People have been making counterfeit goods for hundreds of years, and that’s no different today. Anti-counterfeiting investigations evolve but the problem is still the same: how to stop counterfeit operations quickly and effectively.
Whether it’s blockchain taking over how counterfeiters operate or infiltrating social media and influencing how “reps” are accepted in youth culture, the online fakes landscape has shifted.
Counterfeit products now account for 3.3% of global trade. A percentage that increments with every research that is published. While technology today may help locate IP infringers and take down their counterfeit goods, there’s a factor that is still hard for brands to control: the price that convinces consumers into buying fakes.
On Black Friday, crazy deals and impulsive buyers combine to move a huge number of infringing products. Red Points’ Black Friday research examines the underbelly of this retail holiday.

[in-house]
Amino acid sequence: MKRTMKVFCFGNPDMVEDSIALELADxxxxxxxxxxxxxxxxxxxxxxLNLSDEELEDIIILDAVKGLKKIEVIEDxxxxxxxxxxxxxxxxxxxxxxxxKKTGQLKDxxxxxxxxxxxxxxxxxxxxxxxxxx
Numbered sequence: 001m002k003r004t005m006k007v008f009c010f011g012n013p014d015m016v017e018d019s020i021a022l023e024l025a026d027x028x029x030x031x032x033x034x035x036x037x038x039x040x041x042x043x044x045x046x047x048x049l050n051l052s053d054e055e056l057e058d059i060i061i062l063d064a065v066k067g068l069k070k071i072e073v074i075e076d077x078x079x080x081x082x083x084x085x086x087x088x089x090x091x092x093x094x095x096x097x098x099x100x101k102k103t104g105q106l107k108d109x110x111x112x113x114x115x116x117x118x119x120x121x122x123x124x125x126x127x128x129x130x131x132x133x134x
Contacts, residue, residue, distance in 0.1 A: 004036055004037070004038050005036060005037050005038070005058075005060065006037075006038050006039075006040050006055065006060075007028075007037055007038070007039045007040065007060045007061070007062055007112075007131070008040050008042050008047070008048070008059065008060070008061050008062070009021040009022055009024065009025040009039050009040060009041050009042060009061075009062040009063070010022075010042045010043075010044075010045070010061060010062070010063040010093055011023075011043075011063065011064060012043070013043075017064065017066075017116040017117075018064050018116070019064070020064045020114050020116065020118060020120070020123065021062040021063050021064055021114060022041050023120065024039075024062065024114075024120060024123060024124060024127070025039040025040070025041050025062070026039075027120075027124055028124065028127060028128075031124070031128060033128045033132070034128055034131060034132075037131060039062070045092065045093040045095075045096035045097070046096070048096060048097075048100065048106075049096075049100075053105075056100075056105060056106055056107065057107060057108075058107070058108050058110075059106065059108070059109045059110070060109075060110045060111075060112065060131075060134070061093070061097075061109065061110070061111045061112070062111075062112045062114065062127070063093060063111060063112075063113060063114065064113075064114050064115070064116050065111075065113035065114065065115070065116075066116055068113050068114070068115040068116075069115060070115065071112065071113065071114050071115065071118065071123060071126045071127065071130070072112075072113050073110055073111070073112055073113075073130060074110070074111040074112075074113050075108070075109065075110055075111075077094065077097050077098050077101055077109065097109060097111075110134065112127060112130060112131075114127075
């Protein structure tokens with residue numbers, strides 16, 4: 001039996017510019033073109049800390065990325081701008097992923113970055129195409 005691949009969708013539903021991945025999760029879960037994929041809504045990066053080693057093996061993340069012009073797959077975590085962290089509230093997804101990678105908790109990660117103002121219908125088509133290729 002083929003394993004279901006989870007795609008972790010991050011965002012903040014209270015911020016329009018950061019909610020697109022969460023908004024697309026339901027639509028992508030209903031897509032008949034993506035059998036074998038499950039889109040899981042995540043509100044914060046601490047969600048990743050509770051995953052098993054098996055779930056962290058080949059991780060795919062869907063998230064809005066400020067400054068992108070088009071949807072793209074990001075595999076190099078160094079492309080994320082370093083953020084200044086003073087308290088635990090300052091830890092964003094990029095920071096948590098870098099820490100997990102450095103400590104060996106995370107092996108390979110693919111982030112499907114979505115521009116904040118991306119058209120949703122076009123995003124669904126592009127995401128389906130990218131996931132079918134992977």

Red Points carried out a survey with over 100 industry professionals, asking them what they saw as the biggest IP-related threats on today’s online ecommerce platforms. This article outlines the first trend from the five that are set to shape brand protection in 2020.
When it comes to fashion, teenagers and young adults are arguably the most valuable consumers for brands to attract and retain. In 2020, Gen Z will make up 40% of total consumers. Along with young millennials, they will make up over half of consumers buying online.
For terrorism - in whatever form, or in whatever location - to be successful it needs cash. Cash to buy arms, to finance the operatives who engage in their criminal activities, and in some instances, to bribe officials. The following analyses examine some of the links between counterfeiting, piracy and terrorism and the criminal acquisition of money of these groups.
Counterfeiters will use every method at their disposal to sell fakes, and learn key strategies from marketers to beat authentic brands to the top of search engine results.
The danger of fake goods puts consumers’ health in jeopardy, but do these risks matter to consumers?